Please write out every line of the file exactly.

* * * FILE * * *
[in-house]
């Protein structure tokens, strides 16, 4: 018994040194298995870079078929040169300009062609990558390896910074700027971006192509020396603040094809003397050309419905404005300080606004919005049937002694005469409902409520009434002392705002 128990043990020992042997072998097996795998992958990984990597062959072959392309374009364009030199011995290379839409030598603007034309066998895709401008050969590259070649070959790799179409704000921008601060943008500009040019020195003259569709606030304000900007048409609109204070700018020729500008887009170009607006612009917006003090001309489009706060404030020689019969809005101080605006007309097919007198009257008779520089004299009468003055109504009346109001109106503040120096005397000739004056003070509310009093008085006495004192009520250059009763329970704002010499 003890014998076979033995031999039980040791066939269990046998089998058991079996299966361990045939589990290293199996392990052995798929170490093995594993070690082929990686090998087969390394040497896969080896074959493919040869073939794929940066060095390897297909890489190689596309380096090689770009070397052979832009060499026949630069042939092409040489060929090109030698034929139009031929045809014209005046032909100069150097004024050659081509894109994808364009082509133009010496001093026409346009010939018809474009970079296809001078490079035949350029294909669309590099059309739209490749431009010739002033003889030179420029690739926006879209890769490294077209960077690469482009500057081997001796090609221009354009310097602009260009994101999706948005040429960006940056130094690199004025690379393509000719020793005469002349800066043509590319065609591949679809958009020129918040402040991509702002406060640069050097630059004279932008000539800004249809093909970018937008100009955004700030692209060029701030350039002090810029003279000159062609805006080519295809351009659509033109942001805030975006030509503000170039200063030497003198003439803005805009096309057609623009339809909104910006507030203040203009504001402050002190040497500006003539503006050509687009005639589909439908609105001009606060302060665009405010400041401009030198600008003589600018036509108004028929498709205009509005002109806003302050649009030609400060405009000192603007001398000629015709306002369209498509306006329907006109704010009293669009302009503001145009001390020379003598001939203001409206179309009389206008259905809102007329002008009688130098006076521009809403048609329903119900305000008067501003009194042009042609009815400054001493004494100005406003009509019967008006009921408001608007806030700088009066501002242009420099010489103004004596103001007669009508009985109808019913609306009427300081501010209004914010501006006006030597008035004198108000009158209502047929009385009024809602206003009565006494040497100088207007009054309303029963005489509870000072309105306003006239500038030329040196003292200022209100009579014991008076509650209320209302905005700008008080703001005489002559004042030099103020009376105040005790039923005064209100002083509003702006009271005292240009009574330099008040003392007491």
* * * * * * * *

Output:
[in-house]
């Protein structure tokens, strides 16, 4: 018994040194298995870079078929040169300009062609990558390896910074700027971006192509020396603040094809003397050309419905404005300080606004919005049937002694005469409902409520009434002392705002 128990043990020992042997072998097996795998992958990984990597062959072959392309374009364009030199011995290379839409030598603007034309066998895709401008050969590259070649070959790799179409704000921008601060943008500009040019020195003259569709606030304000900007048409609109204070700018020729500008887009170009607006612009917006003090001309489009706060404030020689019969809005101080605006007309097919007198009257008779520089004299009468003055109504009346109001109106503040120096005397000739004056003070509310009093008085006495004192009520250059009763329970704002010499 003890014998076979033995031999039980040791066939269990046998089998058991079996299966361990045939589990290293199996392990052995798929170490093995594993070690082929990686090998087969390394040497896969080896074959493919040869073939794929940066060095390897297909890489190689596309380096090689770009070397052979832009060499026949630069042939092409040489060929090109030698034929139009031929045809014209005046032909100069150097004024050659081509894109994808364009082509133009010496001093026409346009010939018809474009970079296809001078490079035949350029294909669309590099059309739209490749431009010739002033003889030179420029690739926006879209890769490294077209960077690469482009500057081997001796090609221009354009310097602009260009994101999706948005040429960006940056130094690199004025690379393509000719020793005469002349800066043509590319065609591949679809958009020129918040402040991509702002406060640069050097630059004279932008000539800004249809093909970018937008100009955004700030692209060029701030350039002090810029003279000159062609805006080519295809351009659509033109942001805030975006030509503000170039200063030497003198003439803005805009096309057609623009339809909104910006507030203040203009504001402050002190040497500006003539503006050509687009005639589909439908609105001009606060302060665009405010400041401009030198600008003589600018036509108004028929498709205009509005002109806003302050649009030609400060405009000192603007001398000629015709306002369209498509306006329907006109704010009293669009302009503001145009001390020379003598001939203001409206179309009389206008259905809102007329002008009688130098006076521009809403048609329903119900305000008067501003009194042009042609009815400054001493004494100005406003009509019967008006009921408001608007806030700088009066501002242009420099010489103004004596103001007669009508009985109808019913609306009427300081501010209004914010501006006006030597008035004198108000009158209502047929009385009024809602206003009565006494040497100088207007009054309303029963005489509870000072309105306003006239500038030329040196003292200022209100009579014991008076509650209320209302905005700008008080703001005489002559004042030099103020009376105040005790039923005064209100002083509003702006009271005292240009009574330099008040003392007491």